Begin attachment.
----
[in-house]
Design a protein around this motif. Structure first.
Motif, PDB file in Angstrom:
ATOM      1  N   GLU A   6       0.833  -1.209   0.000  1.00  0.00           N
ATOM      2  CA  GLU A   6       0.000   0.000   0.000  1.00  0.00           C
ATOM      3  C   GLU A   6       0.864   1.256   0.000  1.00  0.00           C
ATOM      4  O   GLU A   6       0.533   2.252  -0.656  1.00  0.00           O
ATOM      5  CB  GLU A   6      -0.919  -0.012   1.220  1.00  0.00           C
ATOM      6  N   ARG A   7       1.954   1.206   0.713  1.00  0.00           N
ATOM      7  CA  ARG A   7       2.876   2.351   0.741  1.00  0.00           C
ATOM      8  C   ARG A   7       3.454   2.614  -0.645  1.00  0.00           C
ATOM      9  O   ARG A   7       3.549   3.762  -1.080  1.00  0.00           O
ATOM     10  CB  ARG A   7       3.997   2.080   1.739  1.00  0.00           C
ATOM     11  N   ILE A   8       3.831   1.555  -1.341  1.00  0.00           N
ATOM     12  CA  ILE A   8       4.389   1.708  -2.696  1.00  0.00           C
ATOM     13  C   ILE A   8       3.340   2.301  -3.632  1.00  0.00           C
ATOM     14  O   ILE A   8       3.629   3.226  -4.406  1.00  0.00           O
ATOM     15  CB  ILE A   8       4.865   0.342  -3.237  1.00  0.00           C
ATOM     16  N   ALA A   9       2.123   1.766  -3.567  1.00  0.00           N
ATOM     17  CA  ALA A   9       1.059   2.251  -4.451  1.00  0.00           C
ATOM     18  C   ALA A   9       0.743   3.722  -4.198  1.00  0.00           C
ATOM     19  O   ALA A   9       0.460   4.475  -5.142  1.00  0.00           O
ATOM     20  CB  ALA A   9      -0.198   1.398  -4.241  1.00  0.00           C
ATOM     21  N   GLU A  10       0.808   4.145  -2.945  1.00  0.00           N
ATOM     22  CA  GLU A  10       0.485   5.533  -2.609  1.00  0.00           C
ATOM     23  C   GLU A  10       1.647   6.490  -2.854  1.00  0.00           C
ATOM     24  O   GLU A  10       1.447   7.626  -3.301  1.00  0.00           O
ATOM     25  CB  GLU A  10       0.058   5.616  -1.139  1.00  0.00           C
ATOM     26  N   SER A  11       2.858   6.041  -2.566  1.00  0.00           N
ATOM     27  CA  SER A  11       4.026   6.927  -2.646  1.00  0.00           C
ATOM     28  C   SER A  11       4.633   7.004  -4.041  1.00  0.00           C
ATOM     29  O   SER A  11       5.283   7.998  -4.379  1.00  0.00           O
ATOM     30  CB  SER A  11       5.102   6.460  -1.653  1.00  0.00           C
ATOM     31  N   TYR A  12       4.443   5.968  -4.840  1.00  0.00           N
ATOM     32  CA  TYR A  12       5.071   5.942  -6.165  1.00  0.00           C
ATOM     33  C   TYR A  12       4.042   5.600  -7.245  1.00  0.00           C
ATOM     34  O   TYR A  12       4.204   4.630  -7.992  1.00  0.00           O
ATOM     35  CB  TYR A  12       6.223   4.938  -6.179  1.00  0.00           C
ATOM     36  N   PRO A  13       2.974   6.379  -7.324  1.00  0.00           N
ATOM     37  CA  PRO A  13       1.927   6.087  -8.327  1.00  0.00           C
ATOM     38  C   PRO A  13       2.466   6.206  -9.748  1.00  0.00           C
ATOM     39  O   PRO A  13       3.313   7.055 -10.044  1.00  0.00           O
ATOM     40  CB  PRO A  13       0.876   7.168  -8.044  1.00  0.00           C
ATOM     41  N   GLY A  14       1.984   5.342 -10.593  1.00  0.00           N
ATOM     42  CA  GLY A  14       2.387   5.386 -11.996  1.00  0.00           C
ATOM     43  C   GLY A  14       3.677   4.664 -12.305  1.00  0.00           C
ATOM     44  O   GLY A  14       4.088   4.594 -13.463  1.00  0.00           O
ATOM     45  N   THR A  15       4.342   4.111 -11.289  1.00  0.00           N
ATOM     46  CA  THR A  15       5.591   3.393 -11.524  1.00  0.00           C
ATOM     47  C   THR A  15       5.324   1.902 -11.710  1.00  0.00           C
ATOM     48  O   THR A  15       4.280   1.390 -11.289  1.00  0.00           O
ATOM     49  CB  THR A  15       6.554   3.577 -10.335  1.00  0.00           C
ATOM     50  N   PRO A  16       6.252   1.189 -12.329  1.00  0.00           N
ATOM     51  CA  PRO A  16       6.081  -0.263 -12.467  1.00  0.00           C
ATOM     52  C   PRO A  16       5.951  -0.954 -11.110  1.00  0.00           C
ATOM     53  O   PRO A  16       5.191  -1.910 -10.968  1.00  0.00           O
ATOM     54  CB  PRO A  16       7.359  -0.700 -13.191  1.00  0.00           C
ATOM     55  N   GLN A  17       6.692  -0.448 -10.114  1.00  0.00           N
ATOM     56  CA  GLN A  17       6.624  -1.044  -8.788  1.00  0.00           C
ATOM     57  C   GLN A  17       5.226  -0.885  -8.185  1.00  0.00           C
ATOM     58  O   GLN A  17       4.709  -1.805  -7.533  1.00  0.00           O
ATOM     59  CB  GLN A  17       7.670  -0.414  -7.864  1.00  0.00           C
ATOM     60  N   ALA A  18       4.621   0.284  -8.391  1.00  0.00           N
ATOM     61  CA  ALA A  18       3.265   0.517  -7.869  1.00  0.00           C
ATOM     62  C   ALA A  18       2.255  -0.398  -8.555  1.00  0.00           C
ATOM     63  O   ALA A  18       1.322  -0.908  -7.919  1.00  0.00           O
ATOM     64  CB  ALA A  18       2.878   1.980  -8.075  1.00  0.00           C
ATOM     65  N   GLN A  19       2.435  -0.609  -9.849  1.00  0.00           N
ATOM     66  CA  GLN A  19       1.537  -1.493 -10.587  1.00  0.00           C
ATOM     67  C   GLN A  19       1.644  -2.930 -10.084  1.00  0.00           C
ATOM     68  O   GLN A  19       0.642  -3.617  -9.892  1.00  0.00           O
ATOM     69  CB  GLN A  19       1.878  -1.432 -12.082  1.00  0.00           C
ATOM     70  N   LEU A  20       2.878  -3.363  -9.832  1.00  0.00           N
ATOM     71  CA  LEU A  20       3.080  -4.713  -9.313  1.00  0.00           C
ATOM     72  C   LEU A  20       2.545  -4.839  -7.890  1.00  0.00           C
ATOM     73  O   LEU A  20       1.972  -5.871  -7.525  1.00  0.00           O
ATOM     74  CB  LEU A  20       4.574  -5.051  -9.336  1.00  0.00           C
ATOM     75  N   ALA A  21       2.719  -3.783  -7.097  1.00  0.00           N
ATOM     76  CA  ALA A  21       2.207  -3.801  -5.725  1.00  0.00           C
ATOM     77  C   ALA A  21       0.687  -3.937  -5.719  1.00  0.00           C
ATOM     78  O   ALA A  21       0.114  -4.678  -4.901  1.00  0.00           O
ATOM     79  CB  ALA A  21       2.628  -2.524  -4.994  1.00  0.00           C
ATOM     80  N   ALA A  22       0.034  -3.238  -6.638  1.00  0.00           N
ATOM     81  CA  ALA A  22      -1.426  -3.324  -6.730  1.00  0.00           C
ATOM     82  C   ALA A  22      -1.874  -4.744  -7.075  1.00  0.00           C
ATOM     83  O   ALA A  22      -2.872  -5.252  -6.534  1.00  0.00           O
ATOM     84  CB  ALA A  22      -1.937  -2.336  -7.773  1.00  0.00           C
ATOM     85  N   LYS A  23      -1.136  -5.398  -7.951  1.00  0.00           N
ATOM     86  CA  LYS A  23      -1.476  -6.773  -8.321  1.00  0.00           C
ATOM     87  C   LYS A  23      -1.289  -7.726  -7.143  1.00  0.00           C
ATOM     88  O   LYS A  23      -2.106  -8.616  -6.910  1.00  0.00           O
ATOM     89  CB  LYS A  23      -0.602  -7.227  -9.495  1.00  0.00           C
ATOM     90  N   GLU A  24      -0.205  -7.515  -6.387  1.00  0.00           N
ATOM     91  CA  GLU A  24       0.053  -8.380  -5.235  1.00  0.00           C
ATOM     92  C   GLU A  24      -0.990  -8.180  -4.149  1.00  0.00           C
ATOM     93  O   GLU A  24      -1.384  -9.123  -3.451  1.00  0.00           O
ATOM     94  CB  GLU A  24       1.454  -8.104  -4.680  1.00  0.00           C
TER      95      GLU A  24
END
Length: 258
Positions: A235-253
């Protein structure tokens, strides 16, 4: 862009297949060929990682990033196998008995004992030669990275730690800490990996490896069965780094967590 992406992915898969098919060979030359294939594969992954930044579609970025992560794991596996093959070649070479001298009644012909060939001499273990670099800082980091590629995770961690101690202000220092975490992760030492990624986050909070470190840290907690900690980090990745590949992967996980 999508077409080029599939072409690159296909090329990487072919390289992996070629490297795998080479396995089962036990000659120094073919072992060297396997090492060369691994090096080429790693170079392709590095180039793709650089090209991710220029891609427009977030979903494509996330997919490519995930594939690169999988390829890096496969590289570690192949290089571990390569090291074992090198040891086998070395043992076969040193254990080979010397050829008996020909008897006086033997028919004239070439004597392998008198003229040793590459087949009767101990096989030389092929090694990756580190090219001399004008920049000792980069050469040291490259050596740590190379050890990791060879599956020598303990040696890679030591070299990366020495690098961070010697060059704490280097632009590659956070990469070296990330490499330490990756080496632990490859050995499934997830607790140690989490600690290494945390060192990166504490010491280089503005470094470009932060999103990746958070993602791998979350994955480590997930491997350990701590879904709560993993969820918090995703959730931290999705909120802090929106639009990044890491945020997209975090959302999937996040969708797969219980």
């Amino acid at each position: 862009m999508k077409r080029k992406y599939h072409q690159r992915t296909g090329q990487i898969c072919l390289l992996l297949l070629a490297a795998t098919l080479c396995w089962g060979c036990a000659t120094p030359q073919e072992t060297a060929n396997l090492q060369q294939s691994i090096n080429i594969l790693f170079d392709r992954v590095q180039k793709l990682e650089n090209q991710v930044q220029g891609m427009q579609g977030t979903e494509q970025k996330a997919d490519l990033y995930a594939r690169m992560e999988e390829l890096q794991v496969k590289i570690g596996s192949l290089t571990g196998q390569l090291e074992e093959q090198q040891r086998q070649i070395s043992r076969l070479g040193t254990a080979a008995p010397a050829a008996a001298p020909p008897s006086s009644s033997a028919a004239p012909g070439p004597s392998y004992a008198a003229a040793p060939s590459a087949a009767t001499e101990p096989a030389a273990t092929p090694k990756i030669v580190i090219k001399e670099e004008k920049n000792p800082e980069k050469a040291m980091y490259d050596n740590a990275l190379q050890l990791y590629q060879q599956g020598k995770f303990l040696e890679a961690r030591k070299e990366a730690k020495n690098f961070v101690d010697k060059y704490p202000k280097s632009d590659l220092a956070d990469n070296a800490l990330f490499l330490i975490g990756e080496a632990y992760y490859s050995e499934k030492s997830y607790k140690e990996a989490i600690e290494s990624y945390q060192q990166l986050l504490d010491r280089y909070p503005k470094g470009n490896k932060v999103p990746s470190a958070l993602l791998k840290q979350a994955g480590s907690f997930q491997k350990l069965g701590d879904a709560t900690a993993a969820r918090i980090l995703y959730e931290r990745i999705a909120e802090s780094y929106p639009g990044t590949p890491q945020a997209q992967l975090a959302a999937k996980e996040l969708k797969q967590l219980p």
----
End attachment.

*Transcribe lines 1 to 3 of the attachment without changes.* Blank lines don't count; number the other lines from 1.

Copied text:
[in-house]
Design a protein around this motif. Structure first.
Motif, PDB file in Angstrom: